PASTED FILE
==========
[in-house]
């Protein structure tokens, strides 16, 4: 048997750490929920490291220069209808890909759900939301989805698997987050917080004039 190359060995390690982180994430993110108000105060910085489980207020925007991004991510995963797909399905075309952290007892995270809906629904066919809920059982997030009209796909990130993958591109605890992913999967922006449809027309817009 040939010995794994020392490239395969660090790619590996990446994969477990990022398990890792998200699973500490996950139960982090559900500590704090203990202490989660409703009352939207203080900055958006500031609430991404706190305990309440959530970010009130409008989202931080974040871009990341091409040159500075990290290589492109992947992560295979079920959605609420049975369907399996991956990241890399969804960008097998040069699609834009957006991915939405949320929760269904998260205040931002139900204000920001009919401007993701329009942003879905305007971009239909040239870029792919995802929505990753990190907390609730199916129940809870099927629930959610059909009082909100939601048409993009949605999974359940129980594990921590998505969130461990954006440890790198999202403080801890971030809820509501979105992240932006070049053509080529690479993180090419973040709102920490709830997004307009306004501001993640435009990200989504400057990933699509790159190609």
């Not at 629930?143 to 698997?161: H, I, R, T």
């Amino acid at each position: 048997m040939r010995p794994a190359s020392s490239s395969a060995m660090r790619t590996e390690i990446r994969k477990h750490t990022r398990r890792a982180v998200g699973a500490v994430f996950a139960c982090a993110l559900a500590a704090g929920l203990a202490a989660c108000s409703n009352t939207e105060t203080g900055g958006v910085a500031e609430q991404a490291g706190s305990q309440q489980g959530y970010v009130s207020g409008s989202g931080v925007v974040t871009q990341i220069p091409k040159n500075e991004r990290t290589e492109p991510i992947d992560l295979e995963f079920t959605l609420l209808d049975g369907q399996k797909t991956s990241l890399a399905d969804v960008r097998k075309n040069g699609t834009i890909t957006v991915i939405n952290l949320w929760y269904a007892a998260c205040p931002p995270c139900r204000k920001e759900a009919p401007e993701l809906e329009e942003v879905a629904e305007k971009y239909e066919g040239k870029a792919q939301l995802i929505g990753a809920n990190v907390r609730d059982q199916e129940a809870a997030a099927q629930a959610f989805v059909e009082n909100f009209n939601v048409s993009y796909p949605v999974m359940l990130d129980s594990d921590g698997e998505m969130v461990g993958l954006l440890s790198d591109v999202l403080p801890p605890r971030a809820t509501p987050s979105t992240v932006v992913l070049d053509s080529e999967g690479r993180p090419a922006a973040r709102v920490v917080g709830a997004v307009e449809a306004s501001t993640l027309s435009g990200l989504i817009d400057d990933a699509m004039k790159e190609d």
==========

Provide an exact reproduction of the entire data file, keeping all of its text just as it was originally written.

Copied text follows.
[in-house]
């Protein structure tokens, strides 16, 4: 048997750490929920490291220069209808890909759900939301989805698997987050917080004039 190359060995390690982180994430993110108000105060910085489980207020925007991004991510995963797909399905075309952290007892995270809906629904066919809920059982997030009209796909990130993958591109605890992913999967922006449809027309817009 040939010995794994020392490239395969660090790619590996990446994969477990990022398990890792998200699973500490996950139960982090559900500590704090203990202490989660409703009352939207203080900055958006500031609430991404706190305990309440959530970010009130409008989202931080974040871009990341091409040159500075990290290589492109992947992560295979079920959605609420049975369907399996991956990241890399969804960008097998040069699609834009957006991915939405949320929760269904998260205040931002139900204000920001009919401007993701329009942003879905305007971009239909040239870029792919995802929505990753990190907390609730199916129940809870099927629930959610059909009082909100939601048409993009949605999974359940129980594990921590998505969130461990954006440890790198999202403080801890971030809820509501979105992240932006070049053509080529690479993180090419973040709102920490709830997004307009306004501001993640435009990200989504400057990933699509790159190609």
């Not at 629930?143 to 698997?161: H, I, R, T």
């Amino acid at each position: 048997m040939r010995p794994a190359s020392s490239s395969a060995m660090r790619t590996e390690i990446r994969k477990h750490t990022r398990r890792a982180v998200g699973a500490v994430f996950a139960c982090a993110l559900a500590a704090g929920l203990a202490a989660c108000s409703n009352t939207e105060t203080g900055g958006v910085a500031e609430q991404a490291g706190s305990q309440q489980g959530y970010v009130s207020g409008s989202g931080v925007v974040t871009q990341i220069p091409k040159n500075e991004r990290t290589e492109p991510i992947d992560l295979e995963f079920t959605l609420l209808d049975g369907q399996k797909t991956s990241l890399a399905d969804v960008r097998k075309n040069g699609t834009i890909t957006v991915i939405n952290l949320w929760y269904a007892a998260c205040p931002p995270c139900r204000k920001e759900a009919p401007e993701l809906e329009e942003v879905a629904e305007k971009y239909e066919g040239k870029a792919q939301l995802i929505g990753a809920n990190v907390r609730d059982q199916e129940a809870a997030a099927q629930a959610f989805v059909e009082n909100f009209n939601v048409s993009y796909p949605v999974m359940l990130d129980s594990d921590g698997e998505m969130v461990g993958l954006l440890s790198d591109v999202l403080p801890p605890r971030a809820t509501p987050s979105t992240v932006v992913l070049d053509s080529e999967g690479r993180p090419a922006a973040r709102v920490v917080g709830a997004v307009e449809a306004s501001t993640l027309s435009g990200l989504i817009d400057d990933a699509m004039k790159e190609d």